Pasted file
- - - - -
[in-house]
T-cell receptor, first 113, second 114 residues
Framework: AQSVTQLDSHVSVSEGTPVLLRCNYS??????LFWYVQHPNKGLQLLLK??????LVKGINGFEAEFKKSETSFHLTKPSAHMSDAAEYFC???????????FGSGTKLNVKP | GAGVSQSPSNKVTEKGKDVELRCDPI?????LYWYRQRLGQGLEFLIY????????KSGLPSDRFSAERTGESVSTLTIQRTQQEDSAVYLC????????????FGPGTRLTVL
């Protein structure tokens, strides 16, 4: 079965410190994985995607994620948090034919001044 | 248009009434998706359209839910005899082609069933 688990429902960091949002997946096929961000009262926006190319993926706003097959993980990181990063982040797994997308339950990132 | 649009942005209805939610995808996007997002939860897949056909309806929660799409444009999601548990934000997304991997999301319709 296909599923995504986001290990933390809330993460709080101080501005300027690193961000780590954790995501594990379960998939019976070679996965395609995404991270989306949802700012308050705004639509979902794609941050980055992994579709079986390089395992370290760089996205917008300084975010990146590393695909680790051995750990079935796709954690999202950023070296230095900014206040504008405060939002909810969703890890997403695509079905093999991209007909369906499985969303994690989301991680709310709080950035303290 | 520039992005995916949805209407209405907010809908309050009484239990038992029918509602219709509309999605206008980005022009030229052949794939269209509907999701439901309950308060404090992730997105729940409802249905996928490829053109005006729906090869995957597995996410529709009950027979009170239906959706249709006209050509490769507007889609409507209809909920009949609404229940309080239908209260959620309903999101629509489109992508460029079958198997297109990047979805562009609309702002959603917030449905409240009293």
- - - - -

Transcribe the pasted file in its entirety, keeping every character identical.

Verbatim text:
[in-house]
T-cell receptor, first 113, second 114 residues
Framework: AQSVTQLDSHVSVSEGTPVLLRCNYS??????LFWYVQHPNKGLQLLLK??????LVKGINGFEAEFKKSETSFHLTKPSAHMSDAAEYFC???????????FGSGTKLNVKP | GAGVSQSPSNKVTEKGKDVELRCDPI?????LYWYRQRLGQGLEFLIY????????KSGLPSDRFSAERTGESVSTLTIQRTQQEDSAVYLC????????????FGPGTRLTVL
């Protein structure tokens, strides 16, 4: 079965410190994985995607994620948090034919001044 | 248009009434998706359209839910005899082609069933 688990429902960091949002997946096929961000009262926006190319993926706003097959993980990181990063982040797994997308339950990132 | 649009942005209805939610995808996007997002939860897949056909309806929660799409444009999601548990934000997304991997999301319709 296909599923995504986001290990933390809330993460709080101080501005300027690193961000780590954790995501594990379960998939019976070679996965395609995404991270989306949802700012308050705004639509979902794609941050980055992994579709079986390089395992370290760089996205917008300084975010990146590393695909680790051995750990079935796709954690999202950023070296230095900014206040504008405060939002909810969703890890997403695509079905093999991209007909369906499985969303994690989301991680709310709080950035303290 | 520039992005995916949805209407209405907010809908309050009484239990038992029918509602219709509309999605206008980005022009030229052949794939269209509907999701439901309950308060404090992730997105729940409802249905996928490829053109005006729906090869995957597995996410529709009950027979009170239906959706249709006209050509490769507007889609409507209809909920009949609404229940309080239908209260959620309903999101629509489109992508460029079958198997297109990047979805562009609309702002959603917030449905409240009293």